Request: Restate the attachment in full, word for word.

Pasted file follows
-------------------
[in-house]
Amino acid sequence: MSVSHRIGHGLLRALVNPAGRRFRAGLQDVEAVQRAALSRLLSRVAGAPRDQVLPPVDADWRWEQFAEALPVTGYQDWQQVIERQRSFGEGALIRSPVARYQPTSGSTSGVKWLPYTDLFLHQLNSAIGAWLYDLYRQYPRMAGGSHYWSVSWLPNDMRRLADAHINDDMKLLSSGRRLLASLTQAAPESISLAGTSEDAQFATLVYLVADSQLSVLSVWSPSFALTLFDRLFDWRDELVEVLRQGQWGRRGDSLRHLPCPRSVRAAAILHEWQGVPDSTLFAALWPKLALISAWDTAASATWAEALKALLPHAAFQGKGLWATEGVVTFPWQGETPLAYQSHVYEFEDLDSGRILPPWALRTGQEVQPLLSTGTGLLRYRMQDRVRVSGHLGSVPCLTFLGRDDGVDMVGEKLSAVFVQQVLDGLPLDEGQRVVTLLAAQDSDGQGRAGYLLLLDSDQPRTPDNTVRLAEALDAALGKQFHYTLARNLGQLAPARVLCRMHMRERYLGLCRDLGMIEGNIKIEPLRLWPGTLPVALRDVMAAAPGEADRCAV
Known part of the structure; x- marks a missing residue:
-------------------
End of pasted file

[in-house]
Amino acid sequence: MSVSHRIGHGLLRALVNPAGRRFRAGLQDVEAVQRAALSRLLSRVAGAPRDQVLPPVDADWRWEQFAEALPVTGYQDWQQVIERQRSFGEGALIRSPVARYQPTSGSTSGVKWLPYTDLFLHQLNSAIGAWLYDLYRQYPRMAGGSHYWSVSWLPNDMRRLADAHINDDMKLLSSGRRLLASLTQAAPESISLAGTSEDAQFATLVYLVADSQLSVLSVWSPSFALTLFDRLFDWRDELVEVLRQGQWGRRGDSLRHLPCPRSVRAAAILHEWQGVPDSTLFAALWPKLALISAWDTAASATWAEALKALLPHAAFQGKGLWATEGVVTFPWQGETPLAYQSHVYEFEDLDSGRILPPWALRTGQEVQPLLSTGTGLLRYRMQDRVRVSGHLGSVPCLTFLGRDDGVDMVGEKLSAVFVQQVLDGLPLDEGQRVVTLLAAQDSDGQGRAGYLLLLDSDQPRTPDNTVRLAEALDAALGKQFHYTLARNLGQLAPARVLCRMHMRERYLGLCRDLGMIEGNIKIEPLRLWPGTLPVALRDVMAAAPGEADRCAV
Known part of the structure; x- marks a missing residue: